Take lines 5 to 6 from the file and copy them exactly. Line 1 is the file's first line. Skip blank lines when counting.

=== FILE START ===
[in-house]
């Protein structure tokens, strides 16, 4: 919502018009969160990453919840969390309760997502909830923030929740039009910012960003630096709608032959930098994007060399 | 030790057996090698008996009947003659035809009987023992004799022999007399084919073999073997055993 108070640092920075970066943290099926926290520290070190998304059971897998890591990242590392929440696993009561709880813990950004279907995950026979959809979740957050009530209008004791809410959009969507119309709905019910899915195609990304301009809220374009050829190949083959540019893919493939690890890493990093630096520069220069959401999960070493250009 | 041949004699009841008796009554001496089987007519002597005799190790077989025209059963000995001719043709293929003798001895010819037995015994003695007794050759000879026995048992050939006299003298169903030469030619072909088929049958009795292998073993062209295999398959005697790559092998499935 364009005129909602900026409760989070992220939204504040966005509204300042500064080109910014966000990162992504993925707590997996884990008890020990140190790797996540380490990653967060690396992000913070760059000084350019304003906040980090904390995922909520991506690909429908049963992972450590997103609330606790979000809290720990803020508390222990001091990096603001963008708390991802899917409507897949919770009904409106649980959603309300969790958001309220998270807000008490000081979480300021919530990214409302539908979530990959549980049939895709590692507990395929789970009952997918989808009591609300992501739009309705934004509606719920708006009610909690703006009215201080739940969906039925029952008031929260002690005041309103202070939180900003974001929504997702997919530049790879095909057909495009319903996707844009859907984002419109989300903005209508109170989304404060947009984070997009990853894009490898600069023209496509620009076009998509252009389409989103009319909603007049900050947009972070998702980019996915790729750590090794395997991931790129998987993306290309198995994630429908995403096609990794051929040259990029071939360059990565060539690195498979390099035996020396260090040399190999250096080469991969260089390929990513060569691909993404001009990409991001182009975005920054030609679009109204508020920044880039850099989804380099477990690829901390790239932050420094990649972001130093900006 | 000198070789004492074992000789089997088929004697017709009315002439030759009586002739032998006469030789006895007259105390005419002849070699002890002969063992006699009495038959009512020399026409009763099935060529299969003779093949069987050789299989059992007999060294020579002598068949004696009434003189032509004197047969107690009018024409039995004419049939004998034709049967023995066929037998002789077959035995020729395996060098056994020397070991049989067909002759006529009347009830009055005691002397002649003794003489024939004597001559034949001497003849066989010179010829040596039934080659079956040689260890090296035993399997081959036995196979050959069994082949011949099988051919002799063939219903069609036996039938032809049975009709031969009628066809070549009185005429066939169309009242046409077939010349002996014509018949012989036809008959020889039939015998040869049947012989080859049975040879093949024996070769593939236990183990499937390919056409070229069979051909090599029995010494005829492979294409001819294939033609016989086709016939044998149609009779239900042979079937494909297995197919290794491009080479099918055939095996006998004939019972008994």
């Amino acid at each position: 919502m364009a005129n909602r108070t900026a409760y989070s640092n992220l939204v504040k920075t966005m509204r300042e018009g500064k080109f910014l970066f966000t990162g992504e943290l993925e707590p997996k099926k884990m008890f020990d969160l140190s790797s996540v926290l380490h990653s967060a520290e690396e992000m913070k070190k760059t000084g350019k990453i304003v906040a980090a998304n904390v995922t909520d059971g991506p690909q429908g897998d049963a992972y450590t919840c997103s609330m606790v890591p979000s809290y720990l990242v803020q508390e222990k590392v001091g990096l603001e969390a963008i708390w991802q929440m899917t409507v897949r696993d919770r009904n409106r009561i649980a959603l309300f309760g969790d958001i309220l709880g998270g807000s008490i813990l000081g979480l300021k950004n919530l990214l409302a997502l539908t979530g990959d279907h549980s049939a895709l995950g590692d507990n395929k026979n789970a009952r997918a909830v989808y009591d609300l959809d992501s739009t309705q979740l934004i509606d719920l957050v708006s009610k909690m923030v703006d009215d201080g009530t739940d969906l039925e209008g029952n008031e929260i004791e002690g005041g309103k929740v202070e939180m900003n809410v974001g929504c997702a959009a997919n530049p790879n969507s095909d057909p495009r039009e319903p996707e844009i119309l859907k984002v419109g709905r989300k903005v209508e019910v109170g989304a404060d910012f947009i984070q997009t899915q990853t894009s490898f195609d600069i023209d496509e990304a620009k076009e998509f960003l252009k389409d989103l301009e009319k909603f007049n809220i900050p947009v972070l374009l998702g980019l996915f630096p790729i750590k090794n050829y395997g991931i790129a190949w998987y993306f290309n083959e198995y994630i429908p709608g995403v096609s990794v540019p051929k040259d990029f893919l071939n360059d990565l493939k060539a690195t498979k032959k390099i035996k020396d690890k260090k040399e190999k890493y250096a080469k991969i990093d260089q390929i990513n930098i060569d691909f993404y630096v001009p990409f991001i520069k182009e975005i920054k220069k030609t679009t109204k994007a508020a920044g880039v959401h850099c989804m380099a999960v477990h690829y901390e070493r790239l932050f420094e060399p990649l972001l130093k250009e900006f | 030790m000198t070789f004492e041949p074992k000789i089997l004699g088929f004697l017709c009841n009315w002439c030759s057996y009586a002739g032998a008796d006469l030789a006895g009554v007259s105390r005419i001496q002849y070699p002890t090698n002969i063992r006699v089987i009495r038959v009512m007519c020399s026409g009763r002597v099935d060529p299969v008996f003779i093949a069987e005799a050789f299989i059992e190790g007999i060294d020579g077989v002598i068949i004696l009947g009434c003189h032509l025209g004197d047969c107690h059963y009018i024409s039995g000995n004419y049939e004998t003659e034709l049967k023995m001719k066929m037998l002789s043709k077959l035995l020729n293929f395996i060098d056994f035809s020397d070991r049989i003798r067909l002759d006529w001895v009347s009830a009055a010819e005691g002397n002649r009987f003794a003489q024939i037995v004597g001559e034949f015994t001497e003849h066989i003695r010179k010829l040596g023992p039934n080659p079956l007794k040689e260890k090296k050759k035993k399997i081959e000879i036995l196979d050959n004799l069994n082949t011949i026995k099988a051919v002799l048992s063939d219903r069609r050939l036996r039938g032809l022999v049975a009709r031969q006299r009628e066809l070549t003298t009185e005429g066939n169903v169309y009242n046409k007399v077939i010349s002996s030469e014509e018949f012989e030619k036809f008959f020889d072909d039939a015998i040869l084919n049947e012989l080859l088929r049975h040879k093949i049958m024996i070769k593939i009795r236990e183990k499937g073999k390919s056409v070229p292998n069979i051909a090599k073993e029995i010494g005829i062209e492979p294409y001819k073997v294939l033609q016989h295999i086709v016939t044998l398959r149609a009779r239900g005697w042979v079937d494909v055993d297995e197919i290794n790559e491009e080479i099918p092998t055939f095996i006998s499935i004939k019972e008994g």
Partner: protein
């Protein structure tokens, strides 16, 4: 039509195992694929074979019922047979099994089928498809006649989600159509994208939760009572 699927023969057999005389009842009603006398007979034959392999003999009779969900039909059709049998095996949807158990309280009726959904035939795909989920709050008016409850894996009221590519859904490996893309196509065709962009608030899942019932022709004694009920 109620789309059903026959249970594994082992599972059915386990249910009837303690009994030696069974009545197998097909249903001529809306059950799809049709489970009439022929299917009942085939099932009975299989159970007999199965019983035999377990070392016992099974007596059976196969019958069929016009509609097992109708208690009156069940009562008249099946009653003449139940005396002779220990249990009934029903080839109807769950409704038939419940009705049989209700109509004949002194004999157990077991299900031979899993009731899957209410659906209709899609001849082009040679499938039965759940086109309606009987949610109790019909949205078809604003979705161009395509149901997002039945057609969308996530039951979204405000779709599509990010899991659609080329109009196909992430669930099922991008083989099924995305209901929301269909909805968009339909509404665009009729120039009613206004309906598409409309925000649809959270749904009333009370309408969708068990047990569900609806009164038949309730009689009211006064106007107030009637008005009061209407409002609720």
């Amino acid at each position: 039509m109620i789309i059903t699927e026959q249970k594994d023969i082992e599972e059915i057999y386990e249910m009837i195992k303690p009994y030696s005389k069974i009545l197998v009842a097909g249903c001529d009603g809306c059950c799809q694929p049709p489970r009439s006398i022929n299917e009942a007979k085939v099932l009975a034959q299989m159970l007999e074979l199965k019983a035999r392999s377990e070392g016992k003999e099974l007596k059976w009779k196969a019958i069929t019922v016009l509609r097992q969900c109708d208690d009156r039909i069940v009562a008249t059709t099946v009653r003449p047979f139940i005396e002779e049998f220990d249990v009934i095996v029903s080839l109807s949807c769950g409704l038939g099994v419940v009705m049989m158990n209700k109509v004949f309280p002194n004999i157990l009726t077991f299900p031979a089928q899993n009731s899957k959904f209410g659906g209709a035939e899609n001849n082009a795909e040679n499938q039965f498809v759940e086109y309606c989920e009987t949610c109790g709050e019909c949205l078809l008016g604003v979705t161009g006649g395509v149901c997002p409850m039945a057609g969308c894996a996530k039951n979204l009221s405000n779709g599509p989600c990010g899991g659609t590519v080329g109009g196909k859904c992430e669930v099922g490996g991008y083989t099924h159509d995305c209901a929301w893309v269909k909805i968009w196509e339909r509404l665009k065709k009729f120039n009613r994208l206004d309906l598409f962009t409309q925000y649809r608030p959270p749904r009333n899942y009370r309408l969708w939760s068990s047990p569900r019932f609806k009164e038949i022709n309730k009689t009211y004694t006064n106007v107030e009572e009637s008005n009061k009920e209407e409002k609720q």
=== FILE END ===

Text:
């Protein structure tokens, strides 16, 4: 039509195992694929074979019922047979099994089928498809006649989600159509994208939760009572 699927023969057999005389009842009603006398007979034959392999003999009779969900039909059709049998095996949807158990309280009726959904035939795909989920709050008016409850894996009221590519859904490996893309196509065709962009608030899942019932022709004694009920 109620789309059903026959249970594994082992599972059915386990249910009837303690009994030696069974009545197998097909249903001529809306059950799809049709489970009439022929299917009942085939099932009975299989159970007999199965019983035999377990070392016992099974007596059976196969019958069929016009509609097992109708208690009156069940009562008249099946009653003449139940005396002779220990249990009934029903080839109807769950409704038939419940009705049989209700109509004949002194004999157990077991299900031979899993009731899957209410659906209709899609001849082009040679499938039965759940086109309606009987949610109790019909949205078809604003979705161009395509149901997002039945057609969308996530039951979204405000779709599509990010899991659609080329109009196909992430669930099922991008083989099924995305209901929301269909909805968009339909509404665009009729120039009613206004309906598409409309925000649809959270749904009333009370309408969708068990047990569900609806009164038949309730009689009211006064106007107030009637008005009061209407409002609720």
């Amino acid at each position: 039509m109620i789309i059903t699927e026959q249970k594994d023969i082992e599972e059915i057999y386990e249910m009837i195992k303690p009994y030696s005389k069974i009545l197998v009842a097909g249903c001529d009603g809306c059950c799809q694929p049709p489970r009439s006398i022929n299917e009942a007979k085939v099932l009975a034959q299989m159970l007999e074979l199965k019983a035999r392999s377990e070392g016992k003999e099974l007596k059976w009779k196969a019958i069929t019922v016009l509609r097992q969900c109708d208690d009156r039909i069940v009562a008249t059709t099946v009653r003449p047979f139940i005396e002779e049998f220990d249990v009934i095996v029903s080839l109807s949807c769950g409704l038939g099994v419940v009705m049989m158990n209700k109509v004949f309280p002194n004999i157990l009726t077991f299900p031979a089928q899993n009731s899957k959904f209410g659906g209709a035939e899609n001849n082009a795909e040679n499938q039965f498809v759940e086109y309606c989920e009987t949610c109790g709050e019909c949205l078809l008016g604003v979705t161009g006649g395509v149901c997002p409850m039945a057609g969308c894996a996530k039951n979204l009221s405000n779709g599509p989600c990010g899991g659609t590519v080329g109009g196909k859904c992430e669930v099922g490996g991008y083989t099924h159509d995305c209901a929301w893309v269909k909805i968009w196509e339909r509404l665009k065709k009729f120039n009613r994208l206004d309906l598409f962009t409309q925000y649809r608030p959270p749904r009333n899942y009370r309408l969708w939760s068990s047990p569900r019932f609806k009164e038949i022709n309730k009689t009211y004694t006064n106007v107030e009572e009637s008005n009061k009920e209407e409002k609720q």